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Officials Insist There's "Zero Tolerance" For Match-Fixing In World Tennis

As the Australian Open gets underway in Melbourne, authorities have denied they suppressed evidence of corruption at the game's top levels.

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As the Australian Open gets underway in Melbourne on Monday, tennis officials have denied the future of the game is under a cloud after a BuzzFeed News/BBC investigation revealed allegations of widespread match-fixing at the top of the men's game.

With big name players including world number one Serena Williams on court for day one of the open, ATP Executive Chairman Chris Kermode fronted a press conference at 12.20pm (AEDT) denying claims tennis's governing bodies had sat on evidence of match fixing.

"The Tennis Integrity Unit [TIU] and the tennis authorities absolutely reject any suggestion that evidence of match-fixing has been suppressed for any reason or hasn't been properly investigated," he said.

The BuzzFeed News / BBC investigation reveals former singles and doubles grand slam champions, and at least one top 50 player who is competing at this year's Australian Open, have repeatedly been reported for losing games when highly suspicious bets have been placed against them.

Kermode said there was insufficient evidence to pursue specific claims cited in the investigation, but denied this constituted suppressing evidence.

"All professional players, support staff and officials are subject to the anti-corruption program," he said. "It's about obtaining evidence. You can have lots of information, lots of anecdotal reports but they can't be used. Everything that is reported to the TIU is acted upon and investigated. It doesn't just filter out."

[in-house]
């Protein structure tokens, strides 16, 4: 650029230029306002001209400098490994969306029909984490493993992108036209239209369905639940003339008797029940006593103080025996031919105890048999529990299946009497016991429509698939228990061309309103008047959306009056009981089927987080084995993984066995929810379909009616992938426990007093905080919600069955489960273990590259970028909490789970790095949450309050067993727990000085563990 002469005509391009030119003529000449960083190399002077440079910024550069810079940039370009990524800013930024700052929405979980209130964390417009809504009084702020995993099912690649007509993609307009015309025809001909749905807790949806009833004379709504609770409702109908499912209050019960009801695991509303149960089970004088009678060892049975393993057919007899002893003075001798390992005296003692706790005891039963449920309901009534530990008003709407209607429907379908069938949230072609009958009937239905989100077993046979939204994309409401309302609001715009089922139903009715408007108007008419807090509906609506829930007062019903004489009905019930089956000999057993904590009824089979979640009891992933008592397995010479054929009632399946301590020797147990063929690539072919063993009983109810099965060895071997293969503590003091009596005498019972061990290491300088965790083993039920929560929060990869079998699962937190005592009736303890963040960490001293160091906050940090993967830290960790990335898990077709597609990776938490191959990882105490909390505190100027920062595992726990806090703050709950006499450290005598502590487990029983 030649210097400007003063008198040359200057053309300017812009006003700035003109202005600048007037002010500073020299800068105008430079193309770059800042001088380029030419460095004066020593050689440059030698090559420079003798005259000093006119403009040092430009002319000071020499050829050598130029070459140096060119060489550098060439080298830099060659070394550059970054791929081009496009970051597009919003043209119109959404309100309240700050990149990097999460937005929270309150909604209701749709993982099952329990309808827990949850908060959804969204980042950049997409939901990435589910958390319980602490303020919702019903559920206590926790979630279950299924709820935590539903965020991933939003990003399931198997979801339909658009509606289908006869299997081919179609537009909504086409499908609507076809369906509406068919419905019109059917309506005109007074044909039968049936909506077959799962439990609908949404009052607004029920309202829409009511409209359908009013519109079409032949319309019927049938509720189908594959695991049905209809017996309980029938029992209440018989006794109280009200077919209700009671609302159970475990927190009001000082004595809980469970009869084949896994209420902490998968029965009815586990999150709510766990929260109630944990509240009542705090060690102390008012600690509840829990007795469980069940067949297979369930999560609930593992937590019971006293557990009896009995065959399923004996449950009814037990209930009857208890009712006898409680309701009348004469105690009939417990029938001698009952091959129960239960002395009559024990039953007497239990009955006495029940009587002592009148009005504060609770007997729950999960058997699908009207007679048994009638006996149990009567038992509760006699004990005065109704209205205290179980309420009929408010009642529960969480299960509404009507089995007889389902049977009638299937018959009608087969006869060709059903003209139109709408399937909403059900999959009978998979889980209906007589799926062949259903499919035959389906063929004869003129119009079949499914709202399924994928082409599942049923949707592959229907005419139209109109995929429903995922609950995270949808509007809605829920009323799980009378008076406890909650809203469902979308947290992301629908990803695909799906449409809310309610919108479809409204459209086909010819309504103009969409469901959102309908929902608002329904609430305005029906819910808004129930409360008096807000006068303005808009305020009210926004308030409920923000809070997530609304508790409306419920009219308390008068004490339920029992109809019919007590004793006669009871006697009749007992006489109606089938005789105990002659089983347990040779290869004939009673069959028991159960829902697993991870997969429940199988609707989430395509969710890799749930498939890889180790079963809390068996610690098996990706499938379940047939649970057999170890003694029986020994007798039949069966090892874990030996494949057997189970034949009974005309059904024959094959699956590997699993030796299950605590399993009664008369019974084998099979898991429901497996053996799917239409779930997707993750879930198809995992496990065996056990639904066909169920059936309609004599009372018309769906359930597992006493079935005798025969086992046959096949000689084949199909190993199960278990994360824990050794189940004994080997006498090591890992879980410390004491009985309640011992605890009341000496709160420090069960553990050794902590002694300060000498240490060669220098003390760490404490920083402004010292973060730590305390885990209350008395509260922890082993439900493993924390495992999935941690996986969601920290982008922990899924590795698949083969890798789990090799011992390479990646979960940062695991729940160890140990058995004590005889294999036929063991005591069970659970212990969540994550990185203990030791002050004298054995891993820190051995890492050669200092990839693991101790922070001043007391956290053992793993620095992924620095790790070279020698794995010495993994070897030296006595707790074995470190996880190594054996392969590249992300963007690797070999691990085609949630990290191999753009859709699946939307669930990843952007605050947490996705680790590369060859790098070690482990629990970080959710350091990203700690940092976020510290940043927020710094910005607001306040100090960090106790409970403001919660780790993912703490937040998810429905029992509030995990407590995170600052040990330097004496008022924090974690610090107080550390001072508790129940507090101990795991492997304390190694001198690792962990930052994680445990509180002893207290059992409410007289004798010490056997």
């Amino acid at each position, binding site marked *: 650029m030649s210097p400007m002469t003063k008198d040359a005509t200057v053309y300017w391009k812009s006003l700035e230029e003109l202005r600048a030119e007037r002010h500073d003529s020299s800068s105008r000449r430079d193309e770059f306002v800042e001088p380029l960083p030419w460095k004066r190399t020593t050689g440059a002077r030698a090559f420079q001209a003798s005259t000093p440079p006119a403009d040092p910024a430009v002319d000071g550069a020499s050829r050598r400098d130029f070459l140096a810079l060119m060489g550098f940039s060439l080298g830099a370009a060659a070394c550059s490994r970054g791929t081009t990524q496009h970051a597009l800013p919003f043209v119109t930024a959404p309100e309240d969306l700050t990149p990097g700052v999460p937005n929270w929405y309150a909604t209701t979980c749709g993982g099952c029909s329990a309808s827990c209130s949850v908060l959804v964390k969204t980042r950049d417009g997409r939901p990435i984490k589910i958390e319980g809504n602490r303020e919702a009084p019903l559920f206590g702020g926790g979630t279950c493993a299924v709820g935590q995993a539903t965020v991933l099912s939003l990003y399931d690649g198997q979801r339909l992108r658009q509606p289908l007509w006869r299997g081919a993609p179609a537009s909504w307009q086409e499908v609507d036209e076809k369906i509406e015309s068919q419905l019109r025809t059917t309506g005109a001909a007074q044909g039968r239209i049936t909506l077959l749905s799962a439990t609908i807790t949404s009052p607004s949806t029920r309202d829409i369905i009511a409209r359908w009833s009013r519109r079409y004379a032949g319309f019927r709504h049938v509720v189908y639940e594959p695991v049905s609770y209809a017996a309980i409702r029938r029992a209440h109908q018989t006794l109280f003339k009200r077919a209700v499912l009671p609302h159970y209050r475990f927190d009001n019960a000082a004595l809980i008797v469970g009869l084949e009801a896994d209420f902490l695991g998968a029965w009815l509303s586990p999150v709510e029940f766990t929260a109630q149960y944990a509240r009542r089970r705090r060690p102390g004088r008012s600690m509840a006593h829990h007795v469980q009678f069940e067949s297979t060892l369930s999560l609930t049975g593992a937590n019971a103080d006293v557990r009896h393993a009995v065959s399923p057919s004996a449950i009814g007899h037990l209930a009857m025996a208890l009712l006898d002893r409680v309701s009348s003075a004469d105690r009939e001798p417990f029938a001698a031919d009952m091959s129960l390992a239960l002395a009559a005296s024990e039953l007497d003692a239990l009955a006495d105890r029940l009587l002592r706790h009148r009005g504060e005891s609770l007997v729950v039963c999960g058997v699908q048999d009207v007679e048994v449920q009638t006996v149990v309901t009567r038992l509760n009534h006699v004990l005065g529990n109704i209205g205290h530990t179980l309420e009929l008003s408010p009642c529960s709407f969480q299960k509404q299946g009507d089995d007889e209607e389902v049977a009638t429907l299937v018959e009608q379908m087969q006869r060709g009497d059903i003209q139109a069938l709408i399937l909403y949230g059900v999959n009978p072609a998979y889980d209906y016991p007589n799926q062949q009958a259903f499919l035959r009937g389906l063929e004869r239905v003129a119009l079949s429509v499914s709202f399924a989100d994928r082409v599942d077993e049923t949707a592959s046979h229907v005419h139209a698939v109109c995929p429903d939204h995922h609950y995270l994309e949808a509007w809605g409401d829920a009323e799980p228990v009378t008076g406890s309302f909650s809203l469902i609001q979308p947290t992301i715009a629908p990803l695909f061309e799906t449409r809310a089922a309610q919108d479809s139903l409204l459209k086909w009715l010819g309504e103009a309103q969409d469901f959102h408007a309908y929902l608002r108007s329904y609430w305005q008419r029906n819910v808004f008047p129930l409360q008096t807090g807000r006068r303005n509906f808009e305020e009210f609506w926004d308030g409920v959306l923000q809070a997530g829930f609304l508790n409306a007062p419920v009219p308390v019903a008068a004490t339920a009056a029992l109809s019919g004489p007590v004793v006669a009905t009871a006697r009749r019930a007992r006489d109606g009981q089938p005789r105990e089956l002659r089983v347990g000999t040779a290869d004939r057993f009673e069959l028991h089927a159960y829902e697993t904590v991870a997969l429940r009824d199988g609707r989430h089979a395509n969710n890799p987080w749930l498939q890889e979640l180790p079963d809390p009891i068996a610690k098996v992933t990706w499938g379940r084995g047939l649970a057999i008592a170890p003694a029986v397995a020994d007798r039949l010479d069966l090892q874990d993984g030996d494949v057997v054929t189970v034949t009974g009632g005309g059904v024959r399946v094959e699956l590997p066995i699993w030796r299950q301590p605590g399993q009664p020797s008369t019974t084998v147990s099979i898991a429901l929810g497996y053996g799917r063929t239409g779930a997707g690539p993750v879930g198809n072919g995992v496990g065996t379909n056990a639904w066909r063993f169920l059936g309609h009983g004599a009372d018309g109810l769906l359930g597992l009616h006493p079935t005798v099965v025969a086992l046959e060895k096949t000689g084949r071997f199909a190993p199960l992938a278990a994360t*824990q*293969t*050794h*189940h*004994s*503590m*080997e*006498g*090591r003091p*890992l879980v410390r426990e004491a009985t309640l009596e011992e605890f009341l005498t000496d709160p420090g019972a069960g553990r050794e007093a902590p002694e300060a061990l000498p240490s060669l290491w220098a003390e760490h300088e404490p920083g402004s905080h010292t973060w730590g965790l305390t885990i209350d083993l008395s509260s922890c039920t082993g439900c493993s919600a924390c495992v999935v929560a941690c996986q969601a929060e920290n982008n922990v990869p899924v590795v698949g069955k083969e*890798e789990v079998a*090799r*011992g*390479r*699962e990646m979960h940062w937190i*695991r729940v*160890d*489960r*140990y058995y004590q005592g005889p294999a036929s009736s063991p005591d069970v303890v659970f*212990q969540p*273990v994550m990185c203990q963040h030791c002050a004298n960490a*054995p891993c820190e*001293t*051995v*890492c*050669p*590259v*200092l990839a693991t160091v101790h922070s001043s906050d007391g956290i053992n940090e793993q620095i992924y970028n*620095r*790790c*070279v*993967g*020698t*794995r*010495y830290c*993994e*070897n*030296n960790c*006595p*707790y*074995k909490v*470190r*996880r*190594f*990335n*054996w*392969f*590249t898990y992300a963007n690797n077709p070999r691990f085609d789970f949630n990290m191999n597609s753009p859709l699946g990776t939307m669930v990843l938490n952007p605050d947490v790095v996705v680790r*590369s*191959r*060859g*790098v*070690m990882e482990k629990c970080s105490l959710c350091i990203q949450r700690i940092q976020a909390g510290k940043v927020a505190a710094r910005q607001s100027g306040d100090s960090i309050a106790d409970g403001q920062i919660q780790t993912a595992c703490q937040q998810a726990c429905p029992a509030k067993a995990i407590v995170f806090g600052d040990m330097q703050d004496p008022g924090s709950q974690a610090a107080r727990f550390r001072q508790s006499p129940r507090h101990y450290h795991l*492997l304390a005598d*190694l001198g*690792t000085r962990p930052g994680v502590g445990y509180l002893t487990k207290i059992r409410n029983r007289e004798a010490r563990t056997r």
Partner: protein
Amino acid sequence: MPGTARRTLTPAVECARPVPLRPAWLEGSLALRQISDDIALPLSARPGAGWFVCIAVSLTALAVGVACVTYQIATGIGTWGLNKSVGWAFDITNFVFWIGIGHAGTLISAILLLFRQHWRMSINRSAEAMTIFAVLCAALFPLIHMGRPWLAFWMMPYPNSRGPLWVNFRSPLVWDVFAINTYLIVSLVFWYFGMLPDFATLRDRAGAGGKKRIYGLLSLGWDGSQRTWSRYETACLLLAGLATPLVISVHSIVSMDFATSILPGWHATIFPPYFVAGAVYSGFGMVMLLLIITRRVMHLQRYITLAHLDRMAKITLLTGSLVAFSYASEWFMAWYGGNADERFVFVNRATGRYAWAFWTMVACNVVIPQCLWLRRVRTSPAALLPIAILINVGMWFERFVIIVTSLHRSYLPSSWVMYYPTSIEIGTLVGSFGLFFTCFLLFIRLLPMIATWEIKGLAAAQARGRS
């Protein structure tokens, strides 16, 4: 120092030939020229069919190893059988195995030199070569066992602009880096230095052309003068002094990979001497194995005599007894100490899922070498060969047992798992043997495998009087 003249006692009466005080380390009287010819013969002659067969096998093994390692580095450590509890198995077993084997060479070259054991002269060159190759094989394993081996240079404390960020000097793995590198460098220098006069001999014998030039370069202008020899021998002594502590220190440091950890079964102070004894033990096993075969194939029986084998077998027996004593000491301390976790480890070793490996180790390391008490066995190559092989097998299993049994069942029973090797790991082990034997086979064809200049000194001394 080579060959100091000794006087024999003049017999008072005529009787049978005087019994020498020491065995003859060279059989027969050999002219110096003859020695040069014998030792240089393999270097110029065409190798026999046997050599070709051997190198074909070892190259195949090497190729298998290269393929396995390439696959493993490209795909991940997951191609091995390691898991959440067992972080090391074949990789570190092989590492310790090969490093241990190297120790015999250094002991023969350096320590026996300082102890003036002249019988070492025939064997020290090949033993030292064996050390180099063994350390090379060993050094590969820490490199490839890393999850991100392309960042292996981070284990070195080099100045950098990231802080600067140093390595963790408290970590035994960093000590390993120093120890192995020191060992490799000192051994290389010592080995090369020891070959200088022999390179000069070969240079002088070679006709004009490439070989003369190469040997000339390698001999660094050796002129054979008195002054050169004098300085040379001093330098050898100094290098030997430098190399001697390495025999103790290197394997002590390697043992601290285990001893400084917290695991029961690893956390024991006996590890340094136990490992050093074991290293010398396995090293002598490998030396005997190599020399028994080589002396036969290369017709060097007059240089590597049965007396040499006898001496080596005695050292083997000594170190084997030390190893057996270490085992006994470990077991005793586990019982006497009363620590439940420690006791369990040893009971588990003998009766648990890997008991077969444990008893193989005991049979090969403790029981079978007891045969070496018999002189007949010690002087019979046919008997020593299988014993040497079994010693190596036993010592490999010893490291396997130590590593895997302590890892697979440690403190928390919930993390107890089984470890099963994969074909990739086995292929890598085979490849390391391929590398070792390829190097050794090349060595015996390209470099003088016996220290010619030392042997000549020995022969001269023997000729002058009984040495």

"[Since the TIU's inception in 2008] tennis anti-corruption investigations have resulted in eighteen convictions, of which six have had life bans."

"All of us here in tennis are absolutely committed to stamping out corruption. There is a zero-tolerance policy on this and we are not complacent."

The players whose names appear in the "Fixing Files" include former singles and doubles grand slam champions, and at least one top 50 player who is competing at this year's Australian Open.

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In response to questions about whether any players on tour are currently under investigation Nigel Willerton, the head of the TIU, said "It would be unprofessional for me to make comment as to whether any players are under investigation at present."

"We are confident that the Tennis Integrity Unit is doing what it can, and tackles this issue very, very seriously. So I think it will be seen that tennis is in a very, very good place and we are acting accordingly," Kermode said.

The ATP Chairman expressed his full confidence in the TIU's ability to root out corruption in the game.

"There is a zero tolerance policy on this [match fixing]. We are not complacent, we are very vigilant on this, and whilst we are aware that all sport, not just tennis, is at potential risk of corruption. That is why in 2008 the Tennis Integrity Unit was set up to actually tackle this head-on and we are constantly vigilant and not come play sent."

Willerton also stated that players and officials are subject to stringent guildlines under tennis's anti-corruption programs, and pledged that anyone found to be engaging in match-fixing would be punished to the fullest extent possible.

"We can demand their phones and laptops. Obviously they have to consent to give them, and if they don't then consent, that's called 'non-cooperation' and they can be reported and then sanctioned," he said.

"There was a case recently where a player was sanctioned and given a two year suspension. I am confident that everything that comes into TIU is actioned and assessed. But corruption is very difficult to detect and then obtain the evidence to prosecute those that go down that path."

Rob Stott is a news editor for BuzzFeed News and is based in Sydney.

Contact Rob Stott at rob.stott@buzzfeed.com.

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